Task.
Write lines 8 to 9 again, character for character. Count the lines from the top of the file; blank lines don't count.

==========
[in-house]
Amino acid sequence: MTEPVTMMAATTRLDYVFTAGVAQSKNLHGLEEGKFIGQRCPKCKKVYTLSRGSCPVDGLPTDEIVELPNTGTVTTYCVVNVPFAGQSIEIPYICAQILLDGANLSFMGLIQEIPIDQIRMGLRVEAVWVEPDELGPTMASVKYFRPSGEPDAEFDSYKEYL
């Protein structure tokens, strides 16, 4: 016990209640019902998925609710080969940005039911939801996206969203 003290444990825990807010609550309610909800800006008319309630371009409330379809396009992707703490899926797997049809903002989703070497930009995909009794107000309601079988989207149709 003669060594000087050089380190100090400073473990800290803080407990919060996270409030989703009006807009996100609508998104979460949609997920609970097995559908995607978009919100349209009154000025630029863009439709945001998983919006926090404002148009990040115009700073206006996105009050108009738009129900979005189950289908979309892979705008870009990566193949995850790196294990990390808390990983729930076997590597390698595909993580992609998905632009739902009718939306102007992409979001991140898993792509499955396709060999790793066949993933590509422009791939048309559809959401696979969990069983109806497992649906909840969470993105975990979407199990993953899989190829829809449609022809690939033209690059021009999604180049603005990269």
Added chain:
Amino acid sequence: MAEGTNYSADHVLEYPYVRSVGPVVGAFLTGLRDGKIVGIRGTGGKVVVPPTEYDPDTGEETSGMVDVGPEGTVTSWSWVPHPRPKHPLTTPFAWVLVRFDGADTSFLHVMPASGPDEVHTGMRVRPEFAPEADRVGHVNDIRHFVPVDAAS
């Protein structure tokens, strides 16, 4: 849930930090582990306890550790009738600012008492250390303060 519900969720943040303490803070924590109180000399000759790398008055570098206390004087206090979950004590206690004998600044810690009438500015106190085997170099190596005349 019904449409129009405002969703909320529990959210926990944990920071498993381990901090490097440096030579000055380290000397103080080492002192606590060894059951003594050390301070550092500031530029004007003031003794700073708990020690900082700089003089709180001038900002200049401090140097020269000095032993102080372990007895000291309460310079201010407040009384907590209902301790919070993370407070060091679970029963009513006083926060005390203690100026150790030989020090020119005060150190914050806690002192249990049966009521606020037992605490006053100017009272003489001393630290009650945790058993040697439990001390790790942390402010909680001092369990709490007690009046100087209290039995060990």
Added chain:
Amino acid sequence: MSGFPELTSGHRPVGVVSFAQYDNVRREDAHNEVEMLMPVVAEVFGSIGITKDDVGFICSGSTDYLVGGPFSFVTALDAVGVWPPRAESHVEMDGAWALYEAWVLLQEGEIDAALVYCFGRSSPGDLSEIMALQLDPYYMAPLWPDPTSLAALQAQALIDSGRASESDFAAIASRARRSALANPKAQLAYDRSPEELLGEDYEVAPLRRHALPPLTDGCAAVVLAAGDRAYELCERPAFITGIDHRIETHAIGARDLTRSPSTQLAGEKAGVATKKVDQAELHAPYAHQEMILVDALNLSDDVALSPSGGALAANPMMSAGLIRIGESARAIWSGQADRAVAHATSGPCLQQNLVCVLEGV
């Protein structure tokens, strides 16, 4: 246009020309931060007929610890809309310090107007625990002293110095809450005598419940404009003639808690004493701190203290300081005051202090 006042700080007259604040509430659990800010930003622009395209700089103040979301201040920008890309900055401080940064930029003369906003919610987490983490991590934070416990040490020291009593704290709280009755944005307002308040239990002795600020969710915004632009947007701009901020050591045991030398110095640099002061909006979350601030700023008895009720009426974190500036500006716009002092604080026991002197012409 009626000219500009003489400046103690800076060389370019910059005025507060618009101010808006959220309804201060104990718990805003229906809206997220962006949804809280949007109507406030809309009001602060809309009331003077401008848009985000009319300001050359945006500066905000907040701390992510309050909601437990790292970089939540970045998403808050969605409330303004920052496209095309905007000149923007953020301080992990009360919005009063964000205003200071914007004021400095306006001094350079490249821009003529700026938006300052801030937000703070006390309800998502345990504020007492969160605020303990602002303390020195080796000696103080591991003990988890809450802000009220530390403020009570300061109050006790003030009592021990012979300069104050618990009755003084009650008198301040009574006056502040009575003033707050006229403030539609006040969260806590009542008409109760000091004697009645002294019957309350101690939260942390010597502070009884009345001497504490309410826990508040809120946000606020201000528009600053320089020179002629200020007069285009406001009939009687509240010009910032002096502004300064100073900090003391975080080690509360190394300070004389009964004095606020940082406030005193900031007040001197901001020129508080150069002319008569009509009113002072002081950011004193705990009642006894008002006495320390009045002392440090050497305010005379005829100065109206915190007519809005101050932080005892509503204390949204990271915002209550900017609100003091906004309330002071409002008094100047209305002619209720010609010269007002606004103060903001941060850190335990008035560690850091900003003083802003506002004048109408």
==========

Amino acid sequence: MSGFPELTSGHRPVGVVSFAQYDNVRREDAHNEVEMLMPVVAEVFGSIGITKDDVGFICSGSTDYLVGGPFSFVTALDAVGVWPPRAESHVEMDGAWALYEAWVLLQEGEIDAALVYCFGRSSPGDLSEIMALQLDPYYMAPLWPDPTSLAALQAQALIDSGRASESDFAAIASRARRSALANPKAQLAYDRSPEELLGEDYEVAPLRRHALPPLTDGCAAVVLAAGDRAYELCERPAFITGIDHRIETHAIGARDLTRSPSTQLAGEKAGVATKKVDQAELHAPYAHQEMILVDALNLSDDVALSPSGGALAANPMMSAGLIRIGESARAIWSGQADRAVAHATSGPCLQQNLVCVLEGV
């Protein structure tokens, strides 16, 4: 246009020309931060007929610890809309310090107007625990002293110095809450005598419940404009003639808690004493701190203290300081005051202090 006042700080007259604040509430659990800010930003622009395209700089103040979301201040920008890309900055401080940064930029003369906003919610987490983490991590934070416990040490020291009593704290709280009755944005307002308040239990002795600020969710915004632009947007701009901020050591045991030398110095640099002061909006979350601030700023008895009720009426974190500036500006716009002092604080026991002197012409 009626000219500009003489400046103690800076060389370019910059005025507060618009101010808006959220309804201060104990718990805003229906809206997220962006949804809280949007109507406030809309009001602060809309009331003077401008848009985000009319300001050359945006500066905000907040701390992510309050909601437990790292970089939540970045998403808050969605409330303004920052496209095309905007000149923007953020301080992990009360919005009063964000205003200071914007004021400095306006001094350079490249821009003529700026938006300052801030937000703070006390309800998502345990504020007492969160605020303990602002303390020195080796000696103080591991003990988890809450802000009220530390403020009570300061109050006790003030009592021990012979300069104050618990009755003084009650008198301040009574006056502040009575003033707050006229403030539609006040969260806590009542008409109760000091004697009645002294019957309350101690939260942390010597502070009884009345001497504490309410826990508040809120946000606020201000528009600053320089020179002629200020007069285009406001009939009687509240010009910032002096502004300064100073900090003391975080080690509360190394300070004389009964004095606020940082406030005193900031007040001197901001020129508080150069002319008569009509009113002072002081950011004193705990009642006894008002006495320390009045002392440090050497305010005379005829100065109206915190007519809005101050932080005892509503204390949204990271915002209550900017609100003091906004309330002071409002008094100047209305002619209720010609010269007002606004103060903001941060850190335990008035560690850091900003003083802003506002004048109408």